In Japan, you can enjoy many traditions and interesting cultural features. Geographically isolated, Japan’s culture is rich, diverse, and authentic. It is a rather unusual tradition for us that women give boxes of dark chocolate to men without asking anything in return on Valentine’s Day in Japan, and men do appreciate them on White Day. The world’s most romantic holiday could not undo strict Japanese traditions, but it could inspire more!
As a culture, the Japanese observe a strict set of traditions and customs. Respect for yourself and others is the number one rule in Japan. Thus, White Day appeared in Japan as a direct result of Valentine’s Day; to even things out. Previously, we discussed the features of floral gifts on Valentine’s Day. Today, besides learning about Valentine’s Day in Japan, we’ll also discuss White Day, a holiday directly related to Valentine’s in Japan.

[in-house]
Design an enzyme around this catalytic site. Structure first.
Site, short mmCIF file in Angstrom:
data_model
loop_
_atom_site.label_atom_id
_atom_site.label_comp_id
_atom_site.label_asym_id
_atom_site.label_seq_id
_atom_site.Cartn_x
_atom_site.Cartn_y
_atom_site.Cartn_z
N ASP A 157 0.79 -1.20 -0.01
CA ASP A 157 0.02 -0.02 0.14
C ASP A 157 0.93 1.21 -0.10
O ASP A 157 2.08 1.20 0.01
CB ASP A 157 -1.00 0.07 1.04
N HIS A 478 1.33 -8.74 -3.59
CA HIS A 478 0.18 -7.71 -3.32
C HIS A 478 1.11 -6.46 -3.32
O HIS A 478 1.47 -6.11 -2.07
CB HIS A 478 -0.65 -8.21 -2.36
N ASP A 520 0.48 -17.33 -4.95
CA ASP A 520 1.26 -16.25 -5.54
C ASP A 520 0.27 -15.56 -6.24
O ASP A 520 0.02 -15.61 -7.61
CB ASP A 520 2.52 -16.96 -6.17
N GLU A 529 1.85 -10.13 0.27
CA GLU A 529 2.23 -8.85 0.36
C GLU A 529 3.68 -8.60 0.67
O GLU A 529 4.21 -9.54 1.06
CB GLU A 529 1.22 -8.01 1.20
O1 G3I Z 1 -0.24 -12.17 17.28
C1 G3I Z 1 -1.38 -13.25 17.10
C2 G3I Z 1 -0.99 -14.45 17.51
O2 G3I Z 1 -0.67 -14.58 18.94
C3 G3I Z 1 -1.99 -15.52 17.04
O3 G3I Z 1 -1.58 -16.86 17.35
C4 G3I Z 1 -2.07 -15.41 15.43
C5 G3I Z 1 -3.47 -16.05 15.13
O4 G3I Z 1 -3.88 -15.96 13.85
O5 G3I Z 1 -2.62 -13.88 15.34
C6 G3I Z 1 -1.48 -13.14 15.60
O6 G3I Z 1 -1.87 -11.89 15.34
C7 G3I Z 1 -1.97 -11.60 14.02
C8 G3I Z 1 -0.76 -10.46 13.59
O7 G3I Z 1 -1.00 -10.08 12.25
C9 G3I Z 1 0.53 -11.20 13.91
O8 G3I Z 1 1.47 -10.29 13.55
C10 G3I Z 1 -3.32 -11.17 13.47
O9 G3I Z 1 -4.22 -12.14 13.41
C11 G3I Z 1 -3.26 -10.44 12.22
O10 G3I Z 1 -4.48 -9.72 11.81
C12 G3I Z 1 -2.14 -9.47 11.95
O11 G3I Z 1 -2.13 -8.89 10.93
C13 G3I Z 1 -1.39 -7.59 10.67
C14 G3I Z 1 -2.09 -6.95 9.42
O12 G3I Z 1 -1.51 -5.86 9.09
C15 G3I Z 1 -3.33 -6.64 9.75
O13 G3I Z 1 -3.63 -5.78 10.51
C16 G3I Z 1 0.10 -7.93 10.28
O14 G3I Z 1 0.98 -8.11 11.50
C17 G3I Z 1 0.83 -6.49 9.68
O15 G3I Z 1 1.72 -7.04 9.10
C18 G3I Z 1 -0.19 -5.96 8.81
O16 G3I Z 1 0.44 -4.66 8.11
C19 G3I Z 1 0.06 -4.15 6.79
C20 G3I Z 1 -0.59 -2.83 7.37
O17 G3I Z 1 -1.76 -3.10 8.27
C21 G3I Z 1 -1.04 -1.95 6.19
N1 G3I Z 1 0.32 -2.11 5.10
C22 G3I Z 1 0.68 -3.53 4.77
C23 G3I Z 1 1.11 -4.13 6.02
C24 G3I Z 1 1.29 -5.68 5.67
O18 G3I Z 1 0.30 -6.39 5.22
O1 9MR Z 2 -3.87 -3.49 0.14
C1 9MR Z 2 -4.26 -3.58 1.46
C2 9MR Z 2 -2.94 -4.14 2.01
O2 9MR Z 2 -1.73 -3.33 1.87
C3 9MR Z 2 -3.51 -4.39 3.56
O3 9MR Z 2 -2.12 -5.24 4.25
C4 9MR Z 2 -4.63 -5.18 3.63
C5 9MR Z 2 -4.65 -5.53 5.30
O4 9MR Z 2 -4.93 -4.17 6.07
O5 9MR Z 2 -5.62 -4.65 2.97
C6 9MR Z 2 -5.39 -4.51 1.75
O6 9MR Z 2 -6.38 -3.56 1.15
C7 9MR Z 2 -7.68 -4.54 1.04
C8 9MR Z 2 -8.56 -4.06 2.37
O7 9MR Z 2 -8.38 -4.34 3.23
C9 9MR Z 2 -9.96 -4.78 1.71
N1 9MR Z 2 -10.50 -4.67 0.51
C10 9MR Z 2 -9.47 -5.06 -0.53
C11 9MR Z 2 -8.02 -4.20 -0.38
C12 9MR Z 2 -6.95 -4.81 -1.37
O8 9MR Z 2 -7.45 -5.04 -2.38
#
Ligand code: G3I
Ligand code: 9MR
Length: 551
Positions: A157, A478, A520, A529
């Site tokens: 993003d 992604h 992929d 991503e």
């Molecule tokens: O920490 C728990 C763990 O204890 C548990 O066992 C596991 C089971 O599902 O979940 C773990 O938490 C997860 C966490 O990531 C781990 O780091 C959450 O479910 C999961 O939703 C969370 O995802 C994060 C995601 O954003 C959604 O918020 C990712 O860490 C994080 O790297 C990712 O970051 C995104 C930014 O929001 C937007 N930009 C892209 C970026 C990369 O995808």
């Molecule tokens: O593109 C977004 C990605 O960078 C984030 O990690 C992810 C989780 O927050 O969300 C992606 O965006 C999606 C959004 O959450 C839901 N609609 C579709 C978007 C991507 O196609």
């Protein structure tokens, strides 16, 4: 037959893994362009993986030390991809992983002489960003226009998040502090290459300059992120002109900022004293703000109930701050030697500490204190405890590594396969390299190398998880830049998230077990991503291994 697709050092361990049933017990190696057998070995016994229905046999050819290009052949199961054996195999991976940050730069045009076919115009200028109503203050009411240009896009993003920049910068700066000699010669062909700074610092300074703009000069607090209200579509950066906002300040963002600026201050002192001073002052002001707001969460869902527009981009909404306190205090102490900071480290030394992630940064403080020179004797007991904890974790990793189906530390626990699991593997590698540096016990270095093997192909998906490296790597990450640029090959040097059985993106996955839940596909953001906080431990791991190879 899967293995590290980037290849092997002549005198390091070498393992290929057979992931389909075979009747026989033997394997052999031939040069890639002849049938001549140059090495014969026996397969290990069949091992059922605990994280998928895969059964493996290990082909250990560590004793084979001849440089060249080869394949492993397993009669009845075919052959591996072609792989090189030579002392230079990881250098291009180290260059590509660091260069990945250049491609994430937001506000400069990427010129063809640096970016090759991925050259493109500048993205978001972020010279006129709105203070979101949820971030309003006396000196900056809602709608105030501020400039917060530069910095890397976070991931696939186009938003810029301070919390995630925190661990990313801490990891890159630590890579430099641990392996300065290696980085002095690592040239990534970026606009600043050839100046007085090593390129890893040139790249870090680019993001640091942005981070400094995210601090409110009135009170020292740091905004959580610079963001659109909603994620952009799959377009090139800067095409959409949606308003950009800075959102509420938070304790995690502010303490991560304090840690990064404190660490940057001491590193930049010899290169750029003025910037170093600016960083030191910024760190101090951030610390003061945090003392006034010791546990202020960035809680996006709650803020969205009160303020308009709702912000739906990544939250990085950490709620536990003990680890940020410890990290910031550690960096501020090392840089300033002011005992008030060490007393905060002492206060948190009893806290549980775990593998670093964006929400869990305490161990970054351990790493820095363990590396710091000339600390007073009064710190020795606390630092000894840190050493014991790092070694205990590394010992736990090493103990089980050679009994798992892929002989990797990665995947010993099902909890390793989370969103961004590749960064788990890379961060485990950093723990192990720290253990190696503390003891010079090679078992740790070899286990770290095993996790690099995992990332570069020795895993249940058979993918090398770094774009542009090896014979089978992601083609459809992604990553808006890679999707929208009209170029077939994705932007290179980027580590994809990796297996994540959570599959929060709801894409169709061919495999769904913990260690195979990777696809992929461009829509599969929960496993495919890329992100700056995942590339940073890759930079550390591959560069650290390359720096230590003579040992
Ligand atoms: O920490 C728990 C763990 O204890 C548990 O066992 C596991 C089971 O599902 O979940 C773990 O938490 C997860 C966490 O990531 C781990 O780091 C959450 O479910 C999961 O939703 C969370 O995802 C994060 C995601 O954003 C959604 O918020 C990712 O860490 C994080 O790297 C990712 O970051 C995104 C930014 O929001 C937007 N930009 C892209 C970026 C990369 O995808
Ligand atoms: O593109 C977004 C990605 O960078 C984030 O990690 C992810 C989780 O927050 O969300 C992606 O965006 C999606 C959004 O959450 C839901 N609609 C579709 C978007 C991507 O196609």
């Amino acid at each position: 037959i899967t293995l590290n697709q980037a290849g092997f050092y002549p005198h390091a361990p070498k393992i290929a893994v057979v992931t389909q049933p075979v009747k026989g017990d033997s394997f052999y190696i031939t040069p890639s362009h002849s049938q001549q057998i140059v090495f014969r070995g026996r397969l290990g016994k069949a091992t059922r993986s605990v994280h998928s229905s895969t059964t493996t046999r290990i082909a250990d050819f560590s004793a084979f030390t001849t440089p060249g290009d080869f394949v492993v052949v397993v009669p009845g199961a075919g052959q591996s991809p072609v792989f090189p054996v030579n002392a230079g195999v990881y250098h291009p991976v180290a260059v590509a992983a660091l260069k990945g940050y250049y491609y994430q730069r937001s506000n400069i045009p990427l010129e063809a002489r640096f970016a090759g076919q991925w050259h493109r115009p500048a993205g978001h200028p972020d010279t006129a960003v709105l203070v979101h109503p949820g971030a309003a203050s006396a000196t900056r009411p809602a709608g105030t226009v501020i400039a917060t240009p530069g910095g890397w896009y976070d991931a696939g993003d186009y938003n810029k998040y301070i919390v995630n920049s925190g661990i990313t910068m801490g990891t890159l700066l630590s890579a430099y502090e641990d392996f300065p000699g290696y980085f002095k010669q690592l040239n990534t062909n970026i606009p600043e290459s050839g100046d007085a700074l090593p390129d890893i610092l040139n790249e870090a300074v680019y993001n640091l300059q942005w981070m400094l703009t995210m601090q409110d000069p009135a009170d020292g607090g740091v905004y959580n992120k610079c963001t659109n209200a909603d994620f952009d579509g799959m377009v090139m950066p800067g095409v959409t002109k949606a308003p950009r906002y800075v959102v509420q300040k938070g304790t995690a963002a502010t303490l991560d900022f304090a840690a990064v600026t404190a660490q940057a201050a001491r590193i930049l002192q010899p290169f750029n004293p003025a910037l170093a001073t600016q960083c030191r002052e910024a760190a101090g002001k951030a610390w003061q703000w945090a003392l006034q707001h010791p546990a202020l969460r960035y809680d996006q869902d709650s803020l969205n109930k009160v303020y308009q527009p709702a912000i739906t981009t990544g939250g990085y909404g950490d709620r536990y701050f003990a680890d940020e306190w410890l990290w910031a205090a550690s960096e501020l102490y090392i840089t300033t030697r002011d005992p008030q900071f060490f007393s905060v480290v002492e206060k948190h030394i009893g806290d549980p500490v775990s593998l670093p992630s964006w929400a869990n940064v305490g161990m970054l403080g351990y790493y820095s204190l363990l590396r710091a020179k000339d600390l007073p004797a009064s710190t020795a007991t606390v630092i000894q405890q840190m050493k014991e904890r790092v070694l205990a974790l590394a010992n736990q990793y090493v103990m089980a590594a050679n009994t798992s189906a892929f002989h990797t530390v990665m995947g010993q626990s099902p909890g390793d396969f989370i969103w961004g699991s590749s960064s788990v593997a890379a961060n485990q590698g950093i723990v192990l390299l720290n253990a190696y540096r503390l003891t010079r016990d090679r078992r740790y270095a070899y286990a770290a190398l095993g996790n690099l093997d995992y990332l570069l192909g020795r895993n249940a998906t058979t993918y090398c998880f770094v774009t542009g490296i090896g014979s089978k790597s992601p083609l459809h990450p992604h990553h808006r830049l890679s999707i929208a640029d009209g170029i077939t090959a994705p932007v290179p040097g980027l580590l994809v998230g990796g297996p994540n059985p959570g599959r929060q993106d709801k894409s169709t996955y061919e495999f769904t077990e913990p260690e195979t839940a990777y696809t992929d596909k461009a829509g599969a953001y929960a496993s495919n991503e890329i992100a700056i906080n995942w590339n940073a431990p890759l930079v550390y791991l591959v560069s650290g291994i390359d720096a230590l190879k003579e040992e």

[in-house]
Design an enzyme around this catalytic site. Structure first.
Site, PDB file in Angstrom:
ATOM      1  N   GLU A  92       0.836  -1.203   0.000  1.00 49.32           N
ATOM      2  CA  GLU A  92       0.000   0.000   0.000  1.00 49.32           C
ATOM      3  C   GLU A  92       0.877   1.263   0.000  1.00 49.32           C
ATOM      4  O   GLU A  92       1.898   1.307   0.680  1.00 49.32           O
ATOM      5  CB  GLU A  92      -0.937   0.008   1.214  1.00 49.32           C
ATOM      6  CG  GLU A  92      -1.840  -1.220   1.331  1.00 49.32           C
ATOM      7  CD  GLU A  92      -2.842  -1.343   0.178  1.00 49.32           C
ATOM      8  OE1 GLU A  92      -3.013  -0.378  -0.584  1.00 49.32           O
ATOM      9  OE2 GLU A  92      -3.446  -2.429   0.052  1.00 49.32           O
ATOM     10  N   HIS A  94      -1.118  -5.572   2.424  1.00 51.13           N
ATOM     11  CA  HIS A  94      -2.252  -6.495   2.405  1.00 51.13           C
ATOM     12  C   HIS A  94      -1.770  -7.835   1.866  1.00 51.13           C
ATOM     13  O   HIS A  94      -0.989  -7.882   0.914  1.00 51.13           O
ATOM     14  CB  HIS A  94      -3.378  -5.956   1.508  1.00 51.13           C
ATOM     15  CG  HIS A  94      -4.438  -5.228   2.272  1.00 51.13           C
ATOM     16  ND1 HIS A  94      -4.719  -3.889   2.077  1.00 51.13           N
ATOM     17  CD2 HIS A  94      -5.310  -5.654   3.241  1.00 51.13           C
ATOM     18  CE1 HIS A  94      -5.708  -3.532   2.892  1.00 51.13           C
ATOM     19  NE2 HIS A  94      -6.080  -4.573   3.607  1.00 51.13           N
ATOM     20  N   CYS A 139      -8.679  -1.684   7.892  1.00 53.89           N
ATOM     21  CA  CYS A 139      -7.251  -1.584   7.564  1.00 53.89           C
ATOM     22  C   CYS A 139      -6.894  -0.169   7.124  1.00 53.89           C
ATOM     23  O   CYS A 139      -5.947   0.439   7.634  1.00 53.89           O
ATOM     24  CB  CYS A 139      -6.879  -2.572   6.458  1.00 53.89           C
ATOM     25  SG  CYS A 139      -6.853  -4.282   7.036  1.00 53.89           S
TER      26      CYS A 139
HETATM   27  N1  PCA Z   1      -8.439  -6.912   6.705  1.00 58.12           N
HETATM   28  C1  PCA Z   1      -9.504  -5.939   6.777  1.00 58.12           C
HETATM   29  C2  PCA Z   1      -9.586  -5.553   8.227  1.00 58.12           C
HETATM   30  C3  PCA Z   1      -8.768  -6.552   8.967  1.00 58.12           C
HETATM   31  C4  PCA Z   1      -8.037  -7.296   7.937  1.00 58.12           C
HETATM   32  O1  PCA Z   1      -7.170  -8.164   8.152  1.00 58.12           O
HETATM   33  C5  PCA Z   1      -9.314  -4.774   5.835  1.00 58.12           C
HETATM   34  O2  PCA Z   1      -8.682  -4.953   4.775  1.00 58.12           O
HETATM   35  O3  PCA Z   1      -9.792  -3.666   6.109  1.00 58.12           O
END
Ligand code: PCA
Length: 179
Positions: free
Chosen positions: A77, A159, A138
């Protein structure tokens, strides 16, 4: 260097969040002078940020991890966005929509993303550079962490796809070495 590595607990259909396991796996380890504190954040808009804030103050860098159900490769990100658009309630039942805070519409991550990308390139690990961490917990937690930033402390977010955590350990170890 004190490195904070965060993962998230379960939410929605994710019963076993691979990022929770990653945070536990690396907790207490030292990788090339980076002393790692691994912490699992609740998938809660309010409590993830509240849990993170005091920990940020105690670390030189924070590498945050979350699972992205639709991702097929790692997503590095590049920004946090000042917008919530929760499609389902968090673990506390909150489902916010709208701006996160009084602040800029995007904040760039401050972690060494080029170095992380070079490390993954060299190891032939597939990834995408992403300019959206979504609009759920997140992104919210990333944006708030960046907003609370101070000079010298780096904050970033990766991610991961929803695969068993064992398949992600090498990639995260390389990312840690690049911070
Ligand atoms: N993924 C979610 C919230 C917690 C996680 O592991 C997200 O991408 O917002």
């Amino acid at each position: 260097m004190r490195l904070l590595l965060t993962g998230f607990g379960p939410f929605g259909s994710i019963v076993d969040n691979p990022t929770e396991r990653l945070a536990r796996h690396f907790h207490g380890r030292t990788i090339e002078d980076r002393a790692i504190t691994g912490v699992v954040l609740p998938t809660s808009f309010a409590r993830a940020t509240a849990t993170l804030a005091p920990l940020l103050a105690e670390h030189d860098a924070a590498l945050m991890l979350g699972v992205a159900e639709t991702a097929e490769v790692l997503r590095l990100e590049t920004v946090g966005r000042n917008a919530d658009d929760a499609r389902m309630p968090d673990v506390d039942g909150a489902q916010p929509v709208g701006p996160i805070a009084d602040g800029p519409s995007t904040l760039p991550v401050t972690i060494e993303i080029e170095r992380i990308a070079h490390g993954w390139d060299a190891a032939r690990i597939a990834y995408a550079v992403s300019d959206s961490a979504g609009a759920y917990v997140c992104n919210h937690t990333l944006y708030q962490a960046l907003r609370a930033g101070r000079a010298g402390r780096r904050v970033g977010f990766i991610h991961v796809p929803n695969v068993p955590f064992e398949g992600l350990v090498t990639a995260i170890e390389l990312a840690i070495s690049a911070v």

Japan Stands Out From The Rest
Try to be a rainbow in someone’s cloud.
There is no doubt that Valentine’s Day is celebrated the same way around much of the globe. However, in the case of the Japanese tradition, there are a few unexpected changes.
The country began to adopt European customs and traditions following World War II. One of the holidays that had taken hold was on February 14. Since 1958, the Japanese have celebrated this festival, but with their own unique rules. Japanese Valentine’s Day involves a complete reversal of roles compared to the European one. The girl does much more for this holiday than the guy. This day, in other countries, men buy bouquets and postcards; book tables in trendy restaurants. While in Japan, they are waiting for gifts from women this day!